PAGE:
“I either write the book or sell the jewels,” Ava Gardner told co-author Peter Evans in 1989, shortly before her death, “and I’m kinda sentimental about the jewels.” Finally comes Ava Gardner: The Secret Conversations (Simon & Schuster, $26), Evans’ accounts of the unbelievably candid conversations he had with one of the silver screen’s most glamorous icons. Gardner originally commissioned Peter Evans to help her write her autobiography, but decided it was too salacious for her to publish during her lifetime. Evans put the manuscript aside and in 2009 proposed writing a book based on the tapes they had made and the experience he had had reliving the star’s memories with her. With the blessing of her estate, Evans went forward to create an autobiography unlike any other.
The book is a wholly original view of one star’s life in Hollywood’s golden age.
This glimpse into Gardner’s reflections is one of the most revealing Hollywood autobiographies ever written, and her voice shines through the stories of classic Hollywood. She reflects on her husbands—Mickey Rooney, bandleader Artie Shaw, and Frank Sinatra—and her lovers, including Howard Hughes and George C. Scott. She remembers her friends, like Lana Turner and Grace Kelly, and her friends who almost became lovers, like John Huston.
But more than a tell-all, the book is an unprecedented look at what happens when the glamour is almost gone. Gardner’s incredible frankness with Peter Evans—from setting the record straight about her childhood to what she considered her finest films through the stroke that altered her famous face—is unlike any other Hollywood tale. Gardner’s wicked sense of humor comes through on every page, as she describes:
· Her childhood in Grabtown, North Carolina, where she described her family as “often broke…but never dirt-poor,” as an MGM press agent had described her, to her rage.
· Her marriage to Mickey Rooney, a serial cheater so notorious that even his mother warned Gardner about him—but he was her introduction to the fun in Hollywood in the 1940’s.
· Her second marriage to bandleader Artie Shaw, whom Ava calls “a dominating son of a bitch . . . always putting me down.”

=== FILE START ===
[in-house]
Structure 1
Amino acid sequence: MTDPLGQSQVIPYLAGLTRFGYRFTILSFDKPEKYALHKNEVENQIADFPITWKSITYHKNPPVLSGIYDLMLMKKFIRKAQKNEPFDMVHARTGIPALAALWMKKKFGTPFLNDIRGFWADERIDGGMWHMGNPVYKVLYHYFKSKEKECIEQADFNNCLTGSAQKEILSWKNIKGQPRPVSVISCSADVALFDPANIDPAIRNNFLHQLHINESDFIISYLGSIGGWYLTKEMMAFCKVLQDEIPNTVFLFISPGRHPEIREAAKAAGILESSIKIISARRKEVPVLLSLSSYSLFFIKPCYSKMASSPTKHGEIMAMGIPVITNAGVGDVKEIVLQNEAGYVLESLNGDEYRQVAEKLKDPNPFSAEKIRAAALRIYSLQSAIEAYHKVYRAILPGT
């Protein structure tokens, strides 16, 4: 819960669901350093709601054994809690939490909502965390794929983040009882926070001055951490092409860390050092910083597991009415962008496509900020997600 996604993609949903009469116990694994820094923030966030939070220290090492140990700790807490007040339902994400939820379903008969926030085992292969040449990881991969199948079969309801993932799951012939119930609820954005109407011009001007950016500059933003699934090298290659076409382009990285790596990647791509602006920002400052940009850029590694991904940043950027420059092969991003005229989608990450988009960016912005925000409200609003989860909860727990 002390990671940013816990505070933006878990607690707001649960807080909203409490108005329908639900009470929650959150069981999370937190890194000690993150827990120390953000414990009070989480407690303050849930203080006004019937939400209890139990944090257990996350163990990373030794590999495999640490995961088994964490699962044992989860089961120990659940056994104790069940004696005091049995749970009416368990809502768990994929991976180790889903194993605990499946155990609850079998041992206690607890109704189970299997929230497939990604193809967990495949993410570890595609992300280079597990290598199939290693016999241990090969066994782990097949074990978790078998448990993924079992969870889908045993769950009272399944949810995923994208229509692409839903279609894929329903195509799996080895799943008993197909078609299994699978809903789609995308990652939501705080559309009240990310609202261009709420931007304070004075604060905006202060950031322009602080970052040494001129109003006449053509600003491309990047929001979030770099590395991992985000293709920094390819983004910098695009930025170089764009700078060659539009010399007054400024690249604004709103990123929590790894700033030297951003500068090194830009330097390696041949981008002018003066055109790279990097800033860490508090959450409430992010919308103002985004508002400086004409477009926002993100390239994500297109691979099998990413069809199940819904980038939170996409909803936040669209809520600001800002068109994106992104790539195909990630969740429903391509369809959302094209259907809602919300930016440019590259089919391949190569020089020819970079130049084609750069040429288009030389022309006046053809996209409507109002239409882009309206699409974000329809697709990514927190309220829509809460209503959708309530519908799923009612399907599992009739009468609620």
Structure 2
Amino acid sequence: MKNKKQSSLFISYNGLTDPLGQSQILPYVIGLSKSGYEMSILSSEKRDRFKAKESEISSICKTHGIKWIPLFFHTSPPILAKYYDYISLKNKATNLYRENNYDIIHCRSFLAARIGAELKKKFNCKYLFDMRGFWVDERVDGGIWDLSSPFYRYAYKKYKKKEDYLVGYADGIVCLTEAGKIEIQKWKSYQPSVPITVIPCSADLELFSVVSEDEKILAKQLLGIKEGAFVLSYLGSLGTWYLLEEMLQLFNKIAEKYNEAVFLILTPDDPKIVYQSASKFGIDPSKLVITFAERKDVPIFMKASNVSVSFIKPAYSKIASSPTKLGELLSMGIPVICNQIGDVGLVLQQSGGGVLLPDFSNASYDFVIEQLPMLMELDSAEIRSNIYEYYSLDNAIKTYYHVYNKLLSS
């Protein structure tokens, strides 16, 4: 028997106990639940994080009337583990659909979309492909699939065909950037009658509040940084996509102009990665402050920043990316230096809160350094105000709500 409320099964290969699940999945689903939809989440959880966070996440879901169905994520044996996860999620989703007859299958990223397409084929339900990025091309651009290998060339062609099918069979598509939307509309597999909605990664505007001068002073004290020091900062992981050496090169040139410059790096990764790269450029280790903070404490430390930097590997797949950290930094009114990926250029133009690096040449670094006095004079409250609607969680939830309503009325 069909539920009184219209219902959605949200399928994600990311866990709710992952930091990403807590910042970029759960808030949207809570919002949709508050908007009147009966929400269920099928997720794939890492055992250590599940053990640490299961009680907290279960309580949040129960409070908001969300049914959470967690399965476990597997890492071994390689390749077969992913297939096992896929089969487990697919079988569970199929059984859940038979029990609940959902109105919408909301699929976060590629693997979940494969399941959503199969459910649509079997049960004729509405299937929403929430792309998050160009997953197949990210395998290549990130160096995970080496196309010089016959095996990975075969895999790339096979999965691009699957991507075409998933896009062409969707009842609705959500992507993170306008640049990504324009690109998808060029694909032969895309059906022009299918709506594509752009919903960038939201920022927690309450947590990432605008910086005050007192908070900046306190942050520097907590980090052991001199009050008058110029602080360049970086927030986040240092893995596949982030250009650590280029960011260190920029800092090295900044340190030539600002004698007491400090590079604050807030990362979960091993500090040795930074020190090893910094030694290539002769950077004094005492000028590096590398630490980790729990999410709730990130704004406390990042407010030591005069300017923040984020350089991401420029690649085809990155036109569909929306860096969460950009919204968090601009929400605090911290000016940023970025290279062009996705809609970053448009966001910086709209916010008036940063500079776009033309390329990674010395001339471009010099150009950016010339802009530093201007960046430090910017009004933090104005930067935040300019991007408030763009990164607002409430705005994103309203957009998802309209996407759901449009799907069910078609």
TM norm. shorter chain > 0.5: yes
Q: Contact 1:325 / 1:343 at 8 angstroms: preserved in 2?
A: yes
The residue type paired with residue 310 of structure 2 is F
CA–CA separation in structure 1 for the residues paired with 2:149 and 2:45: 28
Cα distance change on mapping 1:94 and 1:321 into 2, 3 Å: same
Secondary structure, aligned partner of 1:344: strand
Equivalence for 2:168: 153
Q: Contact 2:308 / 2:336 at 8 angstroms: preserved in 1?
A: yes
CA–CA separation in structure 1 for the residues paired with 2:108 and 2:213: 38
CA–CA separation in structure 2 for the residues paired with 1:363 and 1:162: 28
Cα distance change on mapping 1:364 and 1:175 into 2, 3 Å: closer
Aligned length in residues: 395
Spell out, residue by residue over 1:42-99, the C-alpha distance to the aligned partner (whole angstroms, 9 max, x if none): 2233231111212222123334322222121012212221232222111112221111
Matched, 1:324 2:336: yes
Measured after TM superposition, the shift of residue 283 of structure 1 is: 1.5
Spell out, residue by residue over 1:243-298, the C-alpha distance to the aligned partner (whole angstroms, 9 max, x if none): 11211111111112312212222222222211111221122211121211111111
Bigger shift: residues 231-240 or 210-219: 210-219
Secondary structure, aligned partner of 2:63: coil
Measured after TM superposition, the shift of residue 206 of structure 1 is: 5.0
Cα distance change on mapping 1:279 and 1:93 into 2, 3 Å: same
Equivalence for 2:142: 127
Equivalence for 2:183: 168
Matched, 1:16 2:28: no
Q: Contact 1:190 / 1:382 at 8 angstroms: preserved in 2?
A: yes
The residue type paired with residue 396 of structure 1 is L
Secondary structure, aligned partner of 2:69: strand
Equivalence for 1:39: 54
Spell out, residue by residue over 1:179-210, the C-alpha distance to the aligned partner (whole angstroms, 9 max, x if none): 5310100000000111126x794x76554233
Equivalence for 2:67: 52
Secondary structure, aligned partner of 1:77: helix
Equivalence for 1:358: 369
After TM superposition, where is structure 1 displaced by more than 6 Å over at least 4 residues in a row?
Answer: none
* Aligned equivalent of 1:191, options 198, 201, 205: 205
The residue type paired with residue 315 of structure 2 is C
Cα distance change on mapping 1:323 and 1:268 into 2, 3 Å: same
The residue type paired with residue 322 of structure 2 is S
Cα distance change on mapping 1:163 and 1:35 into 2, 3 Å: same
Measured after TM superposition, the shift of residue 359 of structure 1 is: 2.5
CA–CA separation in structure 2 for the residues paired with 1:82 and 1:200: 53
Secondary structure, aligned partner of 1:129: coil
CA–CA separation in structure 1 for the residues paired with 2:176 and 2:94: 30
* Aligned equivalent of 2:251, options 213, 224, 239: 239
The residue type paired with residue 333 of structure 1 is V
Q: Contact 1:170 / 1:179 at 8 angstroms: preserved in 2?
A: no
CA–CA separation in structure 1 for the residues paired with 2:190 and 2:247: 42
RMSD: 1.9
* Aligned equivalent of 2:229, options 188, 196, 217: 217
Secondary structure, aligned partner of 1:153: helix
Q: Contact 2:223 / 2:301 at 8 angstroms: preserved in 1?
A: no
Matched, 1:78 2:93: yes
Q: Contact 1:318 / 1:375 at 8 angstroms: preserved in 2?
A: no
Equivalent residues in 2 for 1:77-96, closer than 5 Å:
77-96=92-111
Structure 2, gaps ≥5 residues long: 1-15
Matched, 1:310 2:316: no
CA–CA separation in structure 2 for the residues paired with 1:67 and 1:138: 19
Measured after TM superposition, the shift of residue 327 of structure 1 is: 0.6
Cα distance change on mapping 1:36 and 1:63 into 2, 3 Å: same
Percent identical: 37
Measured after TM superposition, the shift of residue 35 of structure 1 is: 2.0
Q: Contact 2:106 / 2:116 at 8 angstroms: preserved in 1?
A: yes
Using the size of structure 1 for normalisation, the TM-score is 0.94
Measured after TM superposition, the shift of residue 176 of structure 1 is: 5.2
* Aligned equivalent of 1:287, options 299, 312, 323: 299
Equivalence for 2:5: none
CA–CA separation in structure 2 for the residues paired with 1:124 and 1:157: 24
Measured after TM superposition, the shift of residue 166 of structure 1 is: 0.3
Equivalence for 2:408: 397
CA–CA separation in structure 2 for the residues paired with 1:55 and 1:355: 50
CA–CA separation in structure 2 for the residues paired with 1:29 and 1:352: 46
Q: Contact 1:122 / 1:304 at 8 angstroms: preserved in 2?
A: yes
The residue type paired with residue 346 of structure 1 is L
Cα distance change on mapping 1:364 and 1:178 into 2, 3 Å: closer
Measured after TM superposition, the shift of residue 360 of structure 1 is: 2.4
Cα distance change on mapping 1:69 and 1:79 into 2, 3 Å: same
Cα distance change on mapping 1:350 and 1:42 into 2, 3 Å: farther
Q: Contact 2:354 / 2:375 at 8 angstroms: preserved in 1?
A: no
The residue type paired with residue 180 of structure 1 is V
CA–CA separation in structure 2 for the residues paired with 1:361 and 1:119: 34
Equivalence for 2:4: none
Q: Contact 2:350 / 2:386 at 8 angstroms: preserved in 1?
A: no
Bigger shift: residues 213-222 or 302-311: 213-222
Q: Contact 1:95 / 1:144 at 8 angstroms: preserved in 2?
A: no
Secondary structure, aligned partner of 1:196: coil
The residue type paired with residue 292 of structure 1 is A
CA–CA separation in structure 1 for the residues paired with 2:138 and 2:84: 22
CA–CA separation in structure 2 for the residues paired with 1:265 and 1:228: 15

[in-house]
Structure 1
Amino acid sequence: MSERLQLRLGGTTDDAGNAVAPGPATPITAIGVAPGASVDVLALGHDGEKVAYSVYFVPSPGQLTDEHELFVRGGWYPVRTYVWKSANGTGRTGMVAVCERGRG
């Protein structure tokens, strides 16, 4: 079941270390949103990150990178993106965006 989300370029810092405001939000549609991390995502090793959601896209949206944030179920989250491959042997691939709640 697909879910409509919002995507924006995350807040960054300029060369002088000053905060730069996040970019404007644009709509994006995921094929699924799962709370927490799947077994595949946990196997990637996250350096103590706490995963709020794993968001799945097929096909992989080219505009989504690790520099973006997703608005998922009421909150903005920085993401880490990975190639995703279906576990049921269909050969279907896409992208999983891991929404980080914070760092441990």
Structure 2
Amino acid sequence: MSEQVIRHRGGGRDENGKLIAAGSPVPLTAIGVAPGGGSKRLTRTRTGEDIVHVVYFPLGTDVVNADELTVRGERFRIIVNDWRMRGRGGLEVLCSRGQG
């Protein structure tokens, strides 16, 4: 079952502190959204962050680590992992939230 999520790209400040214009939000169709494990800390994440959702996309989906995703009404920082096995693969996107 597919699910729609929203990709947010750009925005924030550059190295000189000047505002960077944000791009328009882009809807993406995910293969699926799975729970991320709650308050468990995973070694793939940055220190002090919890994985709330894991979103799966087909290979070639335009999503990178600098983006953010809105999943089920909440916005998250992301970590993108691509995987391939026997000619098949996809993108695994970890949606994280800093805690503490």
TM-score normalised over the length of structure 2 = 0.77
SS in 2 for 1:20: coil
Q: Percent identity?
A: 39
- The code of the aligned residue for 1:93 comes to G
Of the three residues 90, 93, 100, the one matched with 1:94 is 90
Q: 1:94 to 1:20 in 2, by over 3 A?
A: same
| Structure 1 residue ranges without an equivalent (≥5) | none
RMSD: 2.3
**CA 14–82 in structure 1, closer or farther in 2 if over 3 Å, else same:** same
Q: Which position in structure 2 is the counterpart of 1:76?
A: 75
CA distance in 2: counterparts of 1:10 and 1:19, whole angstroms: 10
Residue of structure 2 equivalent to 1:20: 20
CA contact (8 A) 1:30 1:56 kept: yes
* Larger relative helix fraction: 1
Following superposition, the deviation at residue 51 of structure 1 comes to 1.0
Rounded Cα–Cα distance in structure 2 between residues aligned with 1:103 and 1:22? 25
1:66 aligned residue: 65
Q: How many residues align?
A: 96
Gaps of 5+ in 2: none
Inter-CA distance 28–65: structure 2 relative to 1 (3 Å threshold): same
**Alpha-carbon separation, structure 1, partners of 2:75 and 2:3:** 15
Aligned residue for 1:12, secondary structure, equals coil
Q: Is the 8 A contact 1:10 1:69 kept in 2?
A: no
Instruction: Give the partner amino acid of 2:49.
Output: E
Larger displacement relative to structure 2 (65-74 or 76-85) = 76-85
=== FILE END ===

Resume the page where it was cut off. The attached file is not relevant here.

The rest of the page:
· Her third and final marriage Frank Sinatra, to whom she was married for seven years in total. (“We were fighting all the time. Fighting and boozing. It was madness. But he was good in the feathers.”)
· Her friendships, for example with Princess Grace (“There aren’t many people I miss, but I do miss Gracie Grimaldi.”)
Barbara Stanwyck’s astonishing career spanned six decades and 88 motion pictures, from the Ziegfeld Follies and Broadway in the 1920s, the earliest days of sound motion pictures, the golden age of Hollywood, the collapse of the studios, and the 1960s. Beginning in the 1950s, Stanwyck was a pioneer in television with a whole other career that sustained itself for two decades. Frank Capra called her, “The greatest emotional actress the screen has yet known.” Christopher Plummer said of her, “God, what an actress. There was no one better at telling the truth than Barbara.”
Now Victoria Wilson gives us the most complete portrait we have yet had, or will have, of one of the most revered screen actors of her time.
In A Life of Barbara Stanwyck: Steel-True, 1907-1940 (Simon & Schuster, $40), readers learn who Stanwyck was as a human being—her fears, her strengths, her needs, her frailties, her losses, her desires. She used herself in everything she acted. She made use in her work of the darkness in her soul and kept it at bay in her private life through her early years escaping the poverty and loneliness of her Brooklyn childhood, working in New York and Hollywood, through the fraught years of her first marriage to Frank Fay and her flight to escape it. Yet she was willing to fall in love again and marry Robert Taylor. Through her drive and determination to work no matter what, she became the highest-paid woman in America. We see the years of the Depression; the New Deal; the rise of the unions; the years in which Stanwyck became a star and straddled her need for independence as she simultaneously accommodated the studios’, and Hollywood’s (to her, anathema), demands.
Fifteen years in work, the book is the result of Wilson’s extraordinary grasp and knowledge of the subject as well as extensive original research from film archives. This monumental biography was written with the full support of Stanwyck’s family, friends, and coworkers. Wilson conducted more than one hundred interviews with actors, directors, costumers, cameramen, screenwriters, and make-up artists who worked with Stanwyck, including Lauren Bacall, Jane Fonda, Kirk Douglas, Patricia Neal, Robert Wagner, and many more. She had complete access to letters, diaries and notes.
Wilson is at work on a second volume (it opens where Volume One leaves off) and will explore Stanwyck’s life and work from the start of World War II to her death in 1990, and will tell the stories of such iconic Stanwyck films as The Lady Eve; Meet John Doe; Double Indemnity; The Strange Love of Martha Ivers and Sorry, Wrong Number.